Many patients in the UK have tested this theory, since graded exercise therapy, or GET, is one of the few therapies available to patients there. And patient reports on the approach are very, very bad. In May 2015, the ME Association, a British charity, released a survey of patients’ experiences with GET, cognitive behavioral therapy, and pacing. The results suggested that GET was far and away the most dangerous. Of patients who received GET, 74 percent said that it had made them worse. In contrast, 18 percent said they were worse after cognitive behavior therapy and only 14 percent after pacing.

The survey is filled with reports similar to this one: “My condition deteriorated significantly, becoming virtually housebound, spending most of my day in bed in significant pain and with extreme fatigue.”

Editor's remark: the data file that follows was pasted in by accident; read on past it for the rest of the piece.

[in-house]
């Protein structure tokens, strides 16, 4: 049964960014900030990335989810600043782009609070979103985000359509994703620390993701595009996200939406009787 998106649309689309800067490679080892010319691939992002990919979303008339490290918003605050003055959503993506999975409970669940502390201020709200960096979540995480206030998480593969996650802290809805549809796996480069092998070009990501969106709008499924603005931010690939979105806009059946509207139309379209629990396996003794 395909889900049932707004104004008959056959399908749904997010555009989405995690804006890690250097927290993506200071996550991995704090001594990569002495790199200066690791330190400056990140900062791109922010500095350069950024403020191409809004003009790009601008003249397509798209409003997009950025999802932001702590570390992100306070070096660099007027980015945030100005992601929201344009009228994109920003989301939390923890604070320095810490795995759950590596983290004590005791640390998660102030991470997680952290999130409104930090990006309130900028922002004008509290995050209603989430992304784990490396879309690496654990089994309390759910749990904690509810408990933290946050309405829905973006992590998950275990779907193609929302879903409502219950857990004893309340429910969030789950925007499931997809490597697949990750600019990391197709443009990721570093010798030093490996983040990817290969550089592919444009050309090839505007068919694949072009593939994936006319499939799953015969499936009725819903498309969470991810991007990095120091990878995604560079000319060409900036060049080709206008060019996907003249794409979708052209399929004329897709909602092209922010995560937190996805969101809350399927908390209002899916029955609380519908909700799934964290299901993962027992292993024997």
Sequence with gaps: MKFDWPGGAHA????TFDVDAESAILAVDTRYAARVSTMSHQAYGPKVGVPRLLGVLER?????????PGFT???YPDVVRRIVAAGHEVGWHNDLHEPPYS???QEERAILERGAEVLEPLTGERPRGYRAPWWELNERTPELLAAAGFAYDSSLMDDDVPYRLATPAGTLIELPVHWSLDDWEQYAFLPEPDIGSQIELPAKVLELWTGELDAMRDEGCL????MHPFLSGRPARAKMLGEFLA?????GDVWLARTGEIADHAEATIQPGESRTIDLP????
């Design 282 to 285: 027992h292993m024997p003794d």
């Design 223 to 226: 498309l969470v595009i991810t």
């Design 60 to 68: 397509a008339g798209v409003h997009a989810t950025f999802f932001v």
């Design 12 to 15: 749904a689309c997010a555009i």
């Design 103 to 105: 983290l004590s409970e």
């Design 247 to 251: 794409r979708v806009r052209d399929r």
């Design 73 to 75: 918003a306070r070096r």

Anecdotal reports, however, don’t provide the proof of a randomized clinical trial. So this was one of the central issues at stake in the PACE study: Is it safe for patients to increase their activity on a set schedule while ignoring their symptoms?

*          *          *          *          *          *

In the 2011 Lancet article with the first PACE results, the researchers reported that eight percent of all participants experienced a “serious deterioration” and less than two percent experienced a “serious adverse reaction” over the course of the year, without significant differences between the arms of the trial.

For patients to have a “serious deterioration,” their physical function score needed to drop by at least 20 points and they needed to report that their overall health was “much worse” or “very much worse” at two consecutive assessment periods (out of a total of three).